You’re having a heated discussion with someone close to you. You’re upset by something they said. Do you:
- Get defensive?
- Get even?
- Escalate things?
Those are common reactions when the heat is on and we’re engaged in conflict and wanting to be right, save face or win the argument.
But there is a 4th, more powerful option. Do nothing. In the heat of the moment when someone is trying to push your buttons, don’t say anything. Let the ball drop. Right at the feet of the person who is hurling rude, nasty, hurtful, unkind, untrue or disrespectful words at you. And walk away.
That’s what I call the Echo Effect™. (OK, it’s not really trademarked. It just makes it look more official…)
The Echo Effect is not responding when someone says something that upsets you. Not saying anything. Nada. Rien. Niente.
Instead you let their words echo in the space between you. There’s enormous power in silence. And they’re left with what they just said reverberating in their heads. Instead of focusing on what you just said and responding to that. And right then and there, the interaction will change.
In all the relationship work I do, whether it’s with couples, adult siblings, mothers and daughters or friends, I tell people that their best bet when the temperature starts to rise between them is to disengage. Because nothing good ever happens (or is said) when conflict is escalating.
My incredibly wise Mother would tell me, when I was much younger and upset about something one of my siblings said or did, “You be smarter” – meaning “Don’t say anything. Just walk away.”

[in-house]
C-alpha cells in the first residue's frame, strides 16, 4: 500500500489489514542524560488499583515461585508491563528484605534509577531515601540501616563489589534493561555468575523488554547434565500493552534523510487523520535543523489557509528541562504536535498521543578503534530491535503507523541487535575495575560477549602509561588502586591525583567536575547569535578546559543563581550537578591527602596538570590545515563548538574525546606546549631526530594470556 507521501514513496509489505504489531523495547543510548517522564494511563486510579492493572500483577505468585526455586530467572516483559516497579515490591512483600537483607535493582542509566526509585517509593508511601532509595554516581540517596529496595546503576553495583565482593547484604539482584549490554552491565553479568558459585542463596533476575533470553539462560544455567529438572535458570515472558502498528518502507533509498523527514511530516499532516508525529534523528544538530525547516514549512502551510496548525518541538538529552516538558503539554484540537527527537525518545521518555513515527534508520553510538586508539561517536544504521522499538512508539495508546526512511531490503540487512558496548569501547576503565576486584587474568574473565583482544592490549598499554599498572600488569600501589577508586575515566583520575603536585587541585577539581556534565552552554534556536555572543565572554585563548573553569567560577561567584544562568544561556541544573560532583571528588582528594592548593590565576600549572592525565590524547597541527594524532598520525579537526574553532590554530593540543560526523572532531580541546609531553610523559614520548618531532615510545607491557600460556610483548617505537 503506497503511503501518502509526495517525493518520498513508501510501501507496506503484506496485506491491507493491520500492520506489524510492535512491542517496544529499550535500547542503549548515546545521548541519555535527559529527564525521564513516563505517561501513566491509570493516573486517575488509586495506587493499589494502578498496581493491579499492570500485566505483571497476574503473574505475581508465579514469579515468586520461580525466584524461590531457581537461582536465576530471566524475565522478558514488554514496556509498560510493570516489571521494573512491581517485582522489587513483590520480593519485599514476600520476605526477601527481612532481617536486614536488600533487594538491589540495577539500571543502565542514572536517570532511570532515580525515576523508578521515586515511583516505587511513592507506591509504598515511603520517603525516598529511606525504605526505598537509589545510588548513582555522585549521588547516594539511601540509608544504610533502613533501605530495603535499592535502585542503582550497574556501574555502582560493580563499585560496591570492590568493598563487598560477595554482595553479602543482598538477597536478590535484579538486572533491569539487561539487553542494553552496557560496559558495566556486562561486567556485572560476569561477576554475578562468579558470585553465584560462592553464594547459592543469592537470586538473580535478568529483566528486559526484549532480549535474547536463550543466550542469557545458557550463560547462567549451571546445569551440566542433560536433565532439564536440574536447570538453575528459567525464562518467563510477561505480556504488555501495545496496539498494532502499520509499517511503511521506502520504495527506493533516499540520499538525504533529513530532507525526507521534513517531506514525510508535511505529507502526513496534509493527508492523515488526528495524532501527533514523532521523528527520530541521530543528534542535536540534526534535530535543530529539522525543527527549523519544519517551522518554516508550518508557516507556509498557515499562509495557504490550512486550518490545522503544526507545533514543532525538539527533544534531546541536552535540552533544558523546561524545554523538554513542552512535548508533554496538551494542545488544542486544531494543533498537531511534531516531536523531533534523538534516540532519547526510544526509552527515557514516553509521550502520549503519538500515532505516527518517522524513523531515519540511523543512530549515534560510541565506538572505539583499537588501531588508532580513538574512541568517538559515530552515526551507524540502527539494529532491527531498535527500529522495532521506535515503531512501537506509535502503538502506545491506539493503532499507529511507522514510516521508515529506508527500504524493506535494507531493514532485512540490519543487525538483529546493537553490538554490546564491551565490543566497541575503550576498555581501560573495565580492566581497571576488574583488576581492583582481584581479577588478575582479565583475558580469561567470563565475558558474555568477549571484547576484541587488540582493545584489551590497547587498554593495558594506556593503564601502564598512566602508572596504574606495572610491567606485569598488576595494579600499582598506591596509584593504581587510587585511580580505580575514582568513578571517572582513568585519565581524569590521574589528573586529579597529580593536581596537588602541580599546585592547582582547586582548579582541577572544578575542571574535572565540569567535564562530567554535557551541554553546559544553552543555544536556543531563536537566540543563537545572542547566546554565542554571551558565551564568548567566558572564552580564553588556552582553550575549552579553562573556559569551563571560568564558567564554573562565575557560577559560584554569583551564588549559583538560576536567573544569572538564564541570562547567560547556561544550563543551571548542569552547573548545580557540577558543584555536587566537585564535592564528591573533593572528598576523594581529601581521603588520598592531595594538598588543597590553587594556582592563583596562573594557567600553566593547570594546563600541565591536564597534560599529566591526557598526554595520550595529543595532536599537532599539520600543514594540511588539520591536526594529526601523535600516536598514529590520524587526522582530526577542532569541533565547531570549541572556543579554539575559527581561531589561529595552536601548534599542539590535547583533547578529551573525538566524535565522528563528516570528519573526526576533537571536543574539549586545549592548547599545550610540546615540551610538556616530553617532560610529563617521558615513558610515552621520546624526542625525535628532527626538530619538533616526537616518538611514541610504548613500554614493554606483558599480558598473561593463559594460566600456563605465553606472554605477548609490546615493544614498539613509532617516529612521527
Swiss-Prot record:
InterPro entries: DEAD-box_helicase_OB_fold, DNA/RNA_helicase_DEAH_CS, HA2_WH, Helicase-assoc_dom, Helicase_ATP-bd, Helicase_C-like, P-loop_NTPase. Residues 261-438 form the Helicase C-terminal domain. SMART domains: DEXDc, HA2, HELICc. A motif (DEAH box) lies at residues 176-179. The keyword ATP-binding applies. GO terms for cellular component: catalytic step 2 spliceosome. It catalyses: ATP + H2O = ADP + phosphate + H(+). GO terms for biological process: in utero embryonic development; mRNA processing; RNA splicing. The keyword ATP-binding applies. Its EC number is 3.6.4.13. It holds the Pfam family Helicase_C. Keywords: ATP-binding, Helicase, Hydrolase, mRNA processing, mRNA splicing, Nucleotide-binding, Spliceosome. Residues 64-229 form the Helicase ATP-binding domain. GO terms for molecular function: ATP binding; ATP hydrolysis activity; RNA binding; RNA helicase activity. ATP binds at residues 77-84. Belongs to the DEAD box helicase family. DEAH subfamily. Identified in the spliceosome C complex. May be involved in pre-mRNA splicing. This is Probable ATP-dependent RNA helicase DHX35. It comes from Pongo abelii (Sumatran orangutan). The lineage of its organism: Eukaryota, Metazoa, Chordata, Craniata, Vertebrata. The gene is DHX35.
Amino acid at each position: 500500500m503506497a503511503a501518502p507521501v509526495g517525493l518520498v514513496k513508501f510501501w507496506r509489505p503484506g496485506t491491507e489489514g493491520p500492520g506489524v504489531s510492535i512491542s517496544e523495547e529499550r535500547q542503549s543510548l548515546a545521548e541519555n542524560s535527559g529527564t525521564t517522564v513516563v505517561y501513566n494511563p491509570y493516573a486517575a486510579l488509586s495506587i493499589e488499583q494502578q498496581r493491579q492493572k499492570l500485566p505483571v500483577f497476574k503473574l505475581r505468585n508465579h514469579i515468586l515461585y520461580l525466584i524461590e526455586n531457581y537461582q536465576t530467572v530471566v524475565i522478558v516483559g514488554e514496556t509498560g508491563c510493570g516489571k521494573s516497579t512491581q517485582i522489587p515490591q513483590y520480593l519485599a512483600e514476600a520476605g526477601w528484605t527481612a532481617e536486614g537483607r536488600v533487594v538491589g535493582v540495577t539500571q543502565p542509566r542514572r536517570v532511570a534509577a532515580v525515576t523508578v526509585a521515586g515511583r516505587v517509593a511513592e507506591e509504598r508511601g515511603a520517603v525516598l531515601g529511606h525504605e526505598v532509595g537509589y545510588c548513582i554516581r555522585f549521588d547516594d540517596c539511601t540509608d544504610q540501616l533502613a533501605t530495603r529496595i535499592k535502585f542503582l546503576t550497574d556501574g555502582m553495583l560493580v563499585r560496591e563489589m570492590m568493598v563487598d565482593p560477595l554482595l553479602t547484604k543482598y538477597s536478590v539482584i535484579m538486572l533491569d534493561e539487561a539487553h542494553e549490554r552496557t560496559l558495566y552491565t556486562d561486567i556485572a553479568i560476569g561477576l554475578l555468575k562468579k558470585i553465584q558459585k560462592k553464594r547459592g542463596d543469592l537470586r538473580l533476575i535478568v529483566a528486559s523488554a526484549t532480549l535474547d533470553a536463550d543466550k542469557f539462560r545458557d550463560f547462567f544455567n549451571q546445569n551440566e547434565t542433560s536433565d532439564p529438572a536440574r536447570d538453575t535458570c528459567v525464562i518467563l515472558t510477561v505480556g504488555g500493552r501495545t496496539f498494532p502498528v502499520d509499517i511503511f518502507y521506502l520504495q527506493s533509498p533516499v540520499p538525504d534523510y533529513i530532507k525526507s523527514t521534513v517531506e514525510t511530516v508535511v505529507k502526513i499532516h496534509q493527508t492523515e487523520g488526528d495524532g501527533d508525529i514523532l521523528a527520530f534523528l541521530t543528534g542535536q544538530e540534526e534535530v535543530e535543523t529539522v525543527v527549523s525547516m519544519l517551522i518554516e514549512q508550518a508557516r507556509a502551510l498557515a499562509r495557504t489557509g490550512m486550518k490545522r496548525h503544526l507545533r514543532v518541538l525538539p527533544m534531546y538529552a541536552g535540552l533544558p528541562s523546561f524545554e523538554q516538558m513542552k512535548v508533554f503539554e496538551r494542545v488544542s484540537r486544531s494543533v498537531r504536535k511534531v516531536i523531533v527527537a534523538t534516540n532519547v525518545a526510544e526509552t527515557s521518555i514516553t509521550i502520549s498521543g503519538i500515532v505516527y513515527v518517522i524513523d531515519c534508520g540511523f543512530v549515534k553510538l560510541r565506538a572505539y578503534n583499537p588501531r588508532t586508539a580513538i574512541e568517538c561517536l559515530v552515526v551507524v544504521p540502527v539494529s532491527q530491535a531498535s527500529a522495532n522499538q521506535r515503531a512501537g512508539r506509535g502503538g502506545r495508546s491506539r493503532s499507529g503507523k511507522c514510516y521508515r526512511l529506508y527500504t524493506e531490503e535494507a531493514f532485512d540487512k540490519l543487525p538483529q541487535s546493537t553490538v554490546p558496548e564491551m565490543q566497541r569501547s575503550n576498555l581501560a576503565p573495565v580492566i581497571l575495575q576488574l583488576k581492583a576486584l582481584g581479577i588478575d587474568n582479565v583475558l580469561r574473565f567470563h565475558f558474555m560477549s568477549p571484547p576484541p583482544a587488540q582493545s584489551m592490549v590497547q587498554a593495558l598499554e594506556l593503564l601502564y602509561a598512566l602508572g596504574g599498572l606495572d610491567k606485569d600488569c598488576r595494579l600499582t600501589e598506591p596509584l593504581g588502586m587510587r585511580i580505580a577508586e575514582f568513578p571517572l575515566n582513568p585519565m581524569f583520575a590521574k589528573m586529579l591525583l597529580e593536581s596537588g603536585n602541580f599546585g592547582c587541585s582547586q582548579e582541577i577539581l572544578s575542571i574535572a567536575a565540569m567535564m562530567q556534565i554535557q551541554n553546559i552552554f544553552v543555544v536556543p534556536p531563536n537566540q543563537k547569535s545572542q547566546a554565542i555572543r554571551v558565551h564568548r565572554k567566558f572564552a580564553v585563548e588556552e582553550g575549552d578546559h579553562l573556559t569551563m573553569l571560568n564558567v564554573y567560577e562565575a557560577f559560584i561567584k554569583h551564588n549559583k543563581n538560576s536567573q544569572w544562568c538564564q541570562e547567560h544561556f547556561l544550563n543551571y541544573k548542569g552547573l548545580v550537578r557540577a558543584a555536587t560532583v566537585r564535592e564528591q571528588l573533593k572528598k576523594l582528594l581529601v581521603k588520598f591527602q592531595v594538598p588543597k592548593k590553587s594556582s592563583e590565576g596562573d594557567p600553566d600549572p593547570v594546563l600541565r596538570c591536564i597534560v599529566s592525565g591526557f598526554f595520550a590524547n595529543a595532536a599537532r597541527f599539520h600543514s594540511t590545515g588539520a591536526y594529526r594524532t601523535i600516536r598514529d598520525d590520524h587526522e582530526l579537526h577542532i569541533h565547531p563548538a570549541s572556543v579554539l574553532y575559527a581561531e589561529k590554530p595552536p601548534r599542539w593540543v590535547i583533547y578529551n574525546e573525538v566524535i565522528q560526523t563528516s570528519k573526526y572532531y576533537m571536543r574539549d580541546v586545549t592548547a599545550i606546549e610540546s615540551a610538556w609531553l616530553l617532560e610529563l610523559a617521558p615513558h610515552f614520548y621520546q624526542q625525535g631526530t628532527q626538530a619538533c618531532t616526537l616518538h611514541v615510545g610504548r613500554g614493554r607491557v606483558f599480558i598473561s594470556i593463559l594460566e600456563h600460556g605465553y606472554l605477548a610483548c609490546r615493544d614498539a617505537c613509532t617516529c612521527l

We play a lot of verbal tennis in our relationships. Someone says something and we (usually immediately) respond. This goes back and forth a few times because we don’t want to let them have the last word or win the argument. (What does it really mean to win or lose an argument anyway?) So we lob something back at them and then they toss something back at us. When does it stop? When we realize that our inner two-year-olds are really running the show?
Have you ever walked away from one of those emotional tennis games and felt terrible because you had gotten so caught up in the ridiculous dynamic? Or because in the heat of the moment you said something that you later regretted?
I worked with a woman, Sally, whose husband, Mark, constantly accused her of being interested in and involved with other men. (Names have been changed.) Sally tried everything from getting angry to defending herself to assuring him that she was only interested in him.
We talked about the Echo Effect and that Mark would continue his behavior as long as she gave him something to debate so he didn’t have to think about what he was saying. Sally decided to stop responding to his accusations. After a while, Mark stopped accusing her. He finally listened to what he was saying and realized how ridiculous it was.
The Echo Effect is not about playing games, controlling or manipulating anyone. It’s about standing in your own power and not letting other people’s “stuff” control you. It doesn’t mean you can’t respond if you choose to. It’s about not reacting in the moment when the heat is on.
Don’t be fooled. The Echo Effect is simple but it’s not always easy to not react when someone is pushing our buttons.
The next time someone says something that gets your blood boiling or hurts your feelings, heed my Mother’s wise counsel: You be smarter. Take a deep breath, don’t say a word, stand there (or walk away) and see what happens. And let me know how it worked for you. I bet you’ll feel pretty good about yourself.